Cape Town – Unless they are prepared to risk a particularly
lengthy tail, the Proteas’ strategists will have to decide between big-hitting
Rilee Rossouw or the more scurrying, nudging Farhaan Behardien as the batting
replacement for injured JP Duminy on Friday.
The important No 5 slot is vacant for the almost certainly
must-win ICC World Twenty20 fixture against West Indies at Nagpur (16:00 SA
time) following the confirmation that Duminy’s hamstring strain will
inconveniently rule him out of the clash; he is probably a long shot for the
closing group game against Sri Lanka on Monday as well.
It would be extremely risky, on a pitch known for its
generous turn and abrasiveness which tend to result in lower totals than at
many other grounds in India, for South Africa to simply promote David Miller to
No 5 – from his current intended finishing-type berth at six – and field both
bowling all-rounders David Wiese and Chris Morris at Nos 6 and 7 respectively
with a fluffy tail thereafter comprising four specialist bowlers.
A far likelier scenario, you have to imagine, is summoning
one of the available extra batsmen in the party – Rossouw and Behardien – to
fill the specific hole, leaving Miller where he is, Morris probably the
favourite to take guard at seven and the most suitable four frontline bowlers
for the prevailing conditions on Friday being chosen from there, regardless of
batting proficiency or otherwise.
There is every chance left-arm spinner Aaron Phangiso is
going to join first-choice tweaker Imran Tahir in the attack on the expected
near-dustbowl, so Wiese, who is struggling to be economical on the bowling
front at present, could be the most in danger among the incumbent XI of losing
out against the unbeaten, group-leading Windies.
Even that is not a foregone conclusion, however, given that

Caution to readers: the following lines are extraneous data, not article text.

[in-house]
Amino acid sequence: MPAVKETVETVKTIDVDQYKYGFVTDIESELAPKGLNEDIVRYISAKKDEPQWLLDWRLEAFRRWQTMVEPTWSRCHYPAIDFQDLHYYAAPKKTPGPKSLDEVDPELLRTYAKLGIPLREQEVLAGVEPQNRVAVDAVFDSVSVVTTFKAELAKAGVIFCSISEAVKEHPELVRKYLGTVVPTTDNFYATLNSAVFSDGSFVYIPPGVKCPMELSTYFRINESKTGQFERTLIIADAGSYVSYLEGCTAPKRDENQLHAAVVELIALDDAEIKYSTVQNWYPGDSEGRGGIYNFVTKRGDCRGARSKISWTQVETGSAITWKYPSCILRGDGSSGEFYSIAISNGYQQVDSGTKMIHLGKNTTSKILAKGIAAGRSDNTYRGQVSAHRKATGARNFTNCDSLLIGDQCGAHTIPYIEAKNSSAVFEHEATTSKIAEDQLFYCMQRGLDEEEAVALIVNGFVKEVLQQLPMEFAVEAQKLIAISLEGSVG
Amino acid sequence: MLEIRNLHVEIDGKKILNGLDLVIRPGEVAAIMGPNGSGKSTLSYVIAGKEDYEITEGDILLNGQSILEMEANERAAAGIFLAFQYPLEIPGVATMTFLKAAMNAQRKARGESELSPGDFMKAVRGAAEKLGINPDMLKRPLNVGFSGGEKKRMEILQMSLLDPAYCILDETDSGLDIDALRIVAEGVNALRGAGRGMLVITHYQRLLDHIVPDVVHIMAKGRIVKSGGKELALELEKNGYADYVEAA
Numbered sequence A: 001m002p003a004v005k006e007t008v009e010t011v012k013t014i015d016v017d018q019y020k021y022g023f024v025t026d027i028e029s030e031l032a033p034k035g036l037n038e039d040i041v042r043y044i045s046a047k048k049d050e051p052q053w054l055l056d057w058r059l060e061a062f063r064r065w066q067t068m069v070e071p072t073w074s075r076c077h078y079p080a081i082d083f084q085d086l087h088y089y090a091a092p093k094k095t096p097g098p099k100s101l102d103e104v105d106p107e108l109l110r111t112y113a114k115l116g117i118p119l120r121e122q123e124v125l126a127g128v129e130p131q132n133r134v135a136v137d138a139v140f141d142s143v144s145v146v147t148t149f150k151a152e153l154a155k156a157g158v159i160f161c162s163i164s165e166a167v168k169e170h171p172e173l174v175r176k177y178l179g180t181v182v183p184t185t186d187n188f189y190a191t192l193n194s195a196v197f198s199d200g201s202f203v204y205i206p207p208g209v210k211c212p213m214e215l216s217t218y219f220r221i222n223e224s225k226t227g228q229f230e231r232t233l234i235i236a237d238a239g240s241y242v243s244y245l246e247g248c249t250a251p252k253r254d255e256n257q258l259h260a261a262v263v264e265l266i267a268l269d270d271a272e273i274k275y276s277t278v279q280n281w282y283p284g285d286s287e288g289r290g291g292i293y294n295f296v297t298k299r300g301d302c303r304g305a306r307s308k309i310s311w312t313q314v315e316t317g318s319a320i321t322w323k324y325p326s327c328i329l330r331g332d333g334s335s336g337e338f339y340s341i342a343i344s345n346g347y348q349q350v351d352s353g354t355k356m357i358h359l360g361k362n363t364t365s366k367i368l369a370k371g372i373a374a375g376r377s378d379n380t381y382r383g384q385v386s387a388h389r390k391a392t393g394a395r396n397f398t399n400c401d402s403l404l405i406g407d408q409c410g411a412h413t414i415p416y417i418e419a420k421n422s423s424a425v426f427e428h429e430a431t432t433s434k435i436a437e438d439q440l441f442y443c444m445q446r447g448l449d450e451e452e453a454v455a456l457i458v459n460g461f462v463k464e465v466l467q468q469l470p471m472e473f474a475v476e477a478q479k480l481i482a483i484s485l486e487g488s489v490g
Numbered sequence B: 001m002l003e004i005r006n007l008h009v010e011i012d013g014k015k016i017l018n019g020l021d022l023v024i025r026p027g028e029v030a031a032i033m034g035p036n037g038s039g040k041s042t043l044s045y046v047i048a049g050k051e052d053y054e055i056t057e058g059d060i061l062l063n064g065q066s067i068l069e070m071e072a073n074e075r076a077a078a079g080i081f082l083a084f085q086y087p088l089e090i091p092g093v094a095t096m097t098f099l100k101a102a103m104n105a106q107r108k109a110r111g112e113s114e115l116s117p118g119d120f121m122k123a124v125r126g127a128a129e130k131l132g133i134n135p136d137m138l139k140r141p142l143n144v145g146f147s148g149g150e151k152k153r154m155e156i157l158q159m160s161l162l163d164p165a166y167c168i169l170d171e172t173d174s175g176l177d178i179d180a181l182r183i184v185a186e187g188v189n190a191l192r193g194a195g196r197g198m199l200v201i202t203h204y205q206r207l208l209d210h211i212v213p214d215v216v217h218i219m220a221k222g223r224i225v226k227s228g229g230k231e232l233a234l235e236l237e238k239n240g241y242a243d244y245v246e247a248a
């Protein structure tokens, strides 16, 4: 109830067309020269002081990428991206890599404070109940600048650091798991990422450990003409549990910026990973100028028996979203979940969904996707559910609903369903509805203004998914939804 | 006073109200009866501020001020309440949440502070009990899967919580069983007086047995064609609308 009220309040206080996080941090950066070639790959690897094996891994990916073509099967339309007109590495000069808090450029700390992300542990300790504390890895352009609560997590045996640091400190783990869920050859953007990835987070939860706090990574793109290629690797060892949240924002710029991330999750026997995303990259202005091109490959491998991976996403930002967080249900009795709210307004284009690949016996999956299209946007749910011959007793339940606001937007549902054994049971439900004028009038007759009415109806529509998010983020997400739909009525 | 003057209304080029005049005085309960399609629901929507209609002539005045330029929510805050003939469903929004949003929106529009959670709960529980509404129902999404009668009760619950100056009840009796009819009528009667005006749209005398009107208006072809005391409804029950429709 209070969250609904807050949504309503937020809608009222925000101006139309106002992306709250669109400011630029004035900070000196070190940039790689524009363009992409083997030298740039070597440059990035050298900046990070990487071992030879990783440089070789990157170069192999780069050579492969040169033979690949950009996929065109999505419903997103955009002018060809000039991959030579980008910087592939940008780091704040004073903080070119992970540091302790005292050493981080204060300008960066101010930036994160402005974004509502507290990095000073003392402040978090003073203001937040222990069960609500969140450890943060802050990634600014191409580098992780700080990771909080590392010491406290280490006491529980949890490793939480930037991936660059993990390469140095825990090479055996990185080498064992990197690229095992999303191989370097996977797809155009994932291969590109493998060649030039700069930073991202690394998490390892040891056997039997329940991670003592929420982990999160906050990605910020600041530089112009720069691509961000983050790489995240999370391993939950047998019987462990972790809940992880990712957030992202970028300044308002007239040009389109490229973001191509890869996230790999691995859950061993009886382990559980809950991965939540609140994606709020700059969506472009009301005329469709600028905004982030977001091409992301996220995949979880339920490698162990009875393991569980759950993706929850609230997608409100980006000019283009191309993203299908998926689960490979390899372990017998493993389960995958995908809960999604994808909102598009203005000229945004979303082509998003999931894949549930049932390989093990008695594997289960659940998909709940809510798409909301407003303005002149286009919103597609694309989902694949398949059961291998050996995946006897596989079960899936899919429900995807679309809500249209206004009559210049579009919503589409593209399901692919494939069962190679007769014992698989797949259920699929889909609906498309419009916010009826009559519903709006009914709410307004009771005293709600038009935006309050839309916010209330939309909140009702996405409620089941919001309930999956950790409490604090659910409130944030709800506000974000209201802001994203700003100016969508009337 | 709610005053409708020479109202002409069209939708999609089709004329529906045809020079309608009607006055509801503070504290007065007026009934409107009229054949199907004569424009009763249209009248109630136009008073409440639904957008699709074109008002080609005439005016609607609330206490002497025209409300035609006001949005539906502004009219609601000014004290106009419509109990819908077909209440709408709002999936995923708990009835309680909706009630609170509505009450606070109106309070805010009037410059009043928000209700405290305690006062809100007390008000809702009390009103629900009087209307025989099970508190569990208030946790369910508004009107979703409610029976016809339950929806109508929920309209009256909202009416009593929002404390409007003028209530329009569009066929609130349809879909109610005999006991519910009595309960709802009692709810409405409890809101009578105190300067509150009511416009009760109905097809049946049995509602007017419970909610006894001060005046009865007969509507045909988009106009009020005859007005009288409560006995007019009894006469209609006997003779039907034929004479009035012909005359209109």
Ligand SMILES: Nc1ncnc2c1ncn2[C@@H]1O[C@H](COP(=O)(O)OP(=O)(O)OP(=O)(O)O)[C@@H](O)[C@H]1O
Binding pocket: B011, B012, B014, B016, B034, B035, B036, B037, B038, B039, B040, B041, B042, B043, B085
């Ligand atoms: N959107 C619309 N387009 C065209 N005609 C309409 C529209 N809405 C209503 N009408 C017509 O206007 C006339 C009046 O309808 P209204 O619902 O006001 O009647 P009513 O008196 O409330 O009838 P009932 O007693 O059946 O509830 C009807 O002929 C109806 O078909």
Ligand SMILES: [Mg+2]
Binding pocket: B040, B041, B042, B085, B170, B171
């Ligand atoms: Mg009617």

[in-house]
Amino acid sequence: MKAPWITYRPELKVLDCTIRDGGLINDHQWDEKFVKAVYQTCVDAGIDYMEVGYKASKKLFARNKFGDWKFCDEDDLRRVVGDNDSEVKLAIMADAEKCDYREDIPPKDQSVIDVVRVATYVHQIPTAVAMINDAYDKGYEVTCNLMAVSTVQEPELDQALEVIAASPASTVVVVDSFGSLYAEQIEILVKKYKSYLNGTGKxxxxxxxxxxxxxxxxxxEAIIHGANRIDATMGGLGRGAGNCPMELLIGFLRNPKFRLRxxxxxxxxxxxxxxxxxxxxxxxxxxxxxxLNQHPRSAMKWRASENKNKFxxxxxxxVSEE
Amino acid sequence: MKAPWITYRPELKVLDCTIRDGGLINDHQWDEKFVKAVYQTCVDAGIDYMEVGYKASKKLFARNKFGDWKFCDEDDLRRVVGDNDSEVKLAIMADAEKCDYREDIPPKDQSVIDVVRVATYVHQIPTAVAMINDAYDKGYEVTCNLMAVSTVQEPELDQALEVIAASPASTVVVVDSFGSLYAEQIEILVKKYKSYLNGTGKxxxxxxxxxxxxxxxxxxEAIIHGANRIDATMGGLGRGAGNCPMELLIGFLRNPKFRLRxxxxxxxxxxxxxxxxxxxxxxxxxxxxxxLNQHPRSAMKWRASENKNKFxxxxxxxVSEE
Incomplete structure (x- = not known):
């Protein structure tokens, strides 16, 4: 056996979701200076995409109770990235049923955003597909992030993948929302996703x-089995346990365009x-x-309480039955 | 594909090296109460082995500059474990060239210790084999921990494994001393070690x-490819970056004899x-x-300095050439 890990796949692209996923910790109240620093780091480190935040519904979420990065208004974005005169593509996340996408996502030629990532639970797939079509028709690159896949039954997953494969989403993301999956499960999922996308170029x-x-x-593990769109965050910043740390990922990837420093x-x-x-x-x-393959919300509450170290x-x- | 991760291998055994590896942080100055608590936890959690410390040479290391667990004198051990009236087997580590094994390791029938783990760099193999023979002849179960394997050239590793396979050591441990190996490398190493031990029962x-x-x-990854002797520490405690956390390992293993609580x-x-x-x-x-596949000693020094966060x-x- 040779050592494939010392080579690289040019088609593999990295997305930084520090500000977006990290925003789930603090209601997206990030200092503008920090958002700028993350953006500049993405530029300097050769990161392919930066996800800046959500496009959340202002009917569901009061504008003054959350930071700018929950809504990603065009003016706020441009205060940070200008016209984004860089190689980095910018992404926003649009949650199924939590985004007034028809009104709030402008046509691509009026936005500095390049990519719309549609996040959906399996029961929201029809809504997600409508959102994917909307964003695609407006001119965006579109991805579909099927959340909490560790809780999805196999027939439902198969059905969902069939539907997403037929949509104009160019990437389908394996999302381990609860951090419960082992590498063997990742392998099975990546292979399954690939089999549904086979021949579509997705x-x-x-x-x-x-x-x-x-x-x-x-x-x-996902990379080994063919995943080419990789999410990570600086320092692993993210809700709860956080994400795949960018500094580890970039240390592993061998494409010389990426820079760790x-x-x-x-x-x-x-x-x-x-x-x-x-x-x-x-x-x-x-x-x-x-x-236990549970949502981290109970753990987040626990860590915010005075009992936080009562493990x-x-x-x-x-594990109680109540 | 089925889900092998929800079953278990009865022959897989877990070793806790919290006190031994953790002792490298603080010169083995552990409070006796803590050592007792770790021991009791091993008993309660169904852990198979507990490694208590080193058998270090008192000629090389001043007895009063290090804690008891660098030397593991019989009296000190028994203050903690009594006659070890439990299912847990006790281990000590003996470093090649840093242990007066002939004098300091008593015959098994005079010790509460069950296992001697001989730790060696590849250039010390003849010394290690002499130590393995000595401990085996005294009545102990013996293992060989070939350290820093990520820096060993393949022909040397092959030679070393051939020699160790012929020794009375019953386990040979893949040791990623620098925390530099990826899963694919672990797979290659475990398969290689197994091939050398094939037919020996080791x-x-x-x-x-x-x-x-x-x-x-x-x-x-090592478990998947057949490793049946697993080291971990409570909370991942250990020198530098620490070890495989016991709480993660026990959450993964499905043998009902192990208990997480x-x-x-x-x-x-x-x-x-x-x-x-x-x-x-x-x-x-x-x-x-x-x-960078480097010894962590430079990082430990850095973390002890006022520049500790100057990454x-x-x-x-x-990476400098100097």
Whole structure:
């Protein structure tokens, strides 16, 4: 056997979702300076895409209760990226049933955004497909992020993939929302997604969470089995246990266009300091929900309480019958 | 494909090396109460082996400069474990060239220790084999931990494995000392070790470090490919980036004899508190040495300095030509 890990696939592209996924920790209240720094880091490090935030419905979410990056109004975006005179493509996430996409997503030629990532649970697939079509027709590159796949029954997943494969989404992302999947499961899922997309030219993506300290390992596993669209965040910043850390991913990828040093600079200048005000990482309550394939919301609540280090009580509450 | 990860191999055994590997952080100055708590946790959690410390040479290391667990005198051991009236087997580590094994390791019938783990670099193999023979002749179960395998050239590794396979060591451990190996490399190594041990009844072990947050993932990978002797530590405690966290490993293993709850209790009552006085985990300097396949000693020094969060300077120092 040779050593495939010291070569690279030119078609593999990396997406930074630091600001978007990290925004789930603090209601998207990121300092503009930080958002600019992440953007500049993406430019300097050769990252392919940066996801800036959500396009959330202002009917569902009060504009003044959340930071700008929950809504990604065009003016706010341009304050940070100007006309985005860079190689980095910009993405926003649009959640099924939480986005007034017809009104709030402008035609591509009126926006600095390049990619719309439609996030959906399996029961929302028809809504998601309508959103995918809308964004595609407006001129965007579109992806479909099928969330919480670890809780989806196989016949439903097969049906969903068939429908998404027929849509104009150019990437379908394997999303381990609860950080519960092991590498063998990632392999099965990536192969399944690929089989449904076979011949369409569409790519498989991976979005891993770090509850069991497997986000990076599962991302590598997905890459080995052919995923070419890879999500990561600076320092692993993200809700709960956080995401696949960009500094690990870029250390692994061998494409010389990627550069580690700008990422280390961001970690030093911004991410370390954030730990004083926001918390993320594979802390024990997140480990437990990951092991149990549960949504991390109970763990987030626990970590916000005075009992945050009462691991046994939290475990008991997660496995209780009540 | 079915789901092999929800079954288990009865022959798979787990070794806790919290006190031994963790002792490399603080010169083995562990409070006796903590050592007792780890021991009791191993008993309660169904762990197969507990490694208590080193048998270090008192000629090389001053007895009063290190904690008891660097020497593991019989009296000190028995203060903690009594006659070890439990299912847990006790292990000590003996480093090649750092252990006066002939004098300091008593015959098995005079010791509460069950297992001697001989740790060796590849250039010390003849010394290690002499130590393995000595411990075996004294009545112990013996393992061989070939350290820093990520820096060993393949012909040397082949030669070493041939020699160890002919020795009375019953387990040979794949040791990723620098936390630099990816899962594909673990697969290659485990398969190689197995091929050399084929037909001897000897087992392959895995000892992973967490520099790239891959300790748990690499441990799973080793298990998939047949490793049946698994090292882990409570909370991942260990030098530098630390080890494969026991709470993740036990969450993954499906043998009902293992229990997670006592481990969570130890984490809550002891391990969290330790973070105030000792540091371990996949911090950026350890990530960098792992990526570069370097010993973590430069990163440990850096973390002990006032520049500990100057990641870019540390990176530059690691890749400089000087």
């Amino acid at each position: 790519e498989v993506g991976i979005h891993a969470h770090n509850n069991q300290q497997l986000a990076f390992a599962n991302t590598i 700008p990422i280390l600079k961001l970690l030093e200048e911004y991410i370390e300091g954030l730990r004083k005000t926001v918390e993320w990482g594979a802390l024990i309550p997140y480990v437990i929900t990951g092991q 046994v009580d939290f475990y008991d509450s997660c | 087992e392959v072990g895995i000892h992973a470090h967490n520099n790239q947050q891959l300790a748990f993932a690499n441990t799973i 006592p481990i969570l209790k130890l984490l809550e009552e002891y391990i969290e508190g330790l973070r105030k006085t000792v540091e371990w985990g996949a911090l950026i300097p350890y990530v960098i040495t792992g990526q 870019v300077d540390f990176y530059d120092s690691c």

the lanky Wiese’s mix-it-up skills are often better suited to slower, more
gripping tracks than the firm, true one the Proteas operated on against both
England and Afghanistan in Mumbai.
But Rossouw v Behardien for a stand-in spot amongst the
batting specialists - Duminy had been in decent touch - seems the most
pressing quandary for the brains trust.
Key to the poser will be what sort of batsman they feel best
suits requirements, as neither is a genuinely like-for-like replacement for the
Cape Cobras left-hander, whose part-time off-spin may also be missed.
What makes Duminy (all-time leading runs-scorer for the
country in T20 internationals, and fifth-highest in global history) such a
valuable element in the format is the way he pushes the ball around initially
in his innings, often to the benefit of a well-settled “blaster” at the other
end, and then shows the capacity to take over as senior figure and build up to
a stroke-playing crescendo himself.
In the case of Rossouw, his instincts are to go hard, if you
like, as quickly as possible and if he gets his eye in he can be a proper
match-winner as his strike rate almost certainly won’t be slow (he has scored
327 T20 international runs from 14 appearances at tidy 32.70, strike rate 139).
Still, he can be a fitful limited-overs factor for South
Africa, across both shorter-form arenas, and his skills are perhaps best suited
to pitches with healthy “come-on”.
As if to fight that idea, though, Rossouw did shine in his
two last T20 games in Subcontinental conditions for the Proteas, scoring a
brisk 31 not out and unbeaten 19 in the 2-0 mini-series triumph in Bangladesh
Behardien, meanwhile, is a much-maligned fellow with a
pretty swollen 65 caps for the national cause between the ODI and T20
landscapes but stubbornly innocuous statistical evidence to suggest he has ever
really deserved that many opportunities.
He is an undoubtedly clever, highly polished franchise-level
one-day cricketer, given his broader package which includes some capacity to
plug an end with his benign medium-pacers and healthy mobility and ability as a
It is just that at international level he somehow labours rather
more often than he doesn’t to show that he is either a useful “bit” or “piece”
to the cause, never mind the more ideal both.
All too irregularly, he can manage to look a million dollars
for a few pleasing minutes, with some intelligent nudging and gliding combined
with volleys of assaults on the boundary ropes.
In T20 internationals, he has batted 17 times, for 232 runs
at 23.20 and unremarkable strike rate of 114 with a top score of 36.
You have to ask: are those figures good enough to suggest he
can fill in for the weighty-stats qualities of Duminy at the crease?
Maybe you should overlook the bowling possibilities he brings,
too …. Behardien, rightly or wrongly, has only bowled 12 miserly deliveries for
the Proteas in 24 T20 appearances, hardly suggesting there is any real faith in
him as a “bowler six” option.
A personal tendency would be to prefer Rossouw, warts and
all, for Friday’s do-or-die task …
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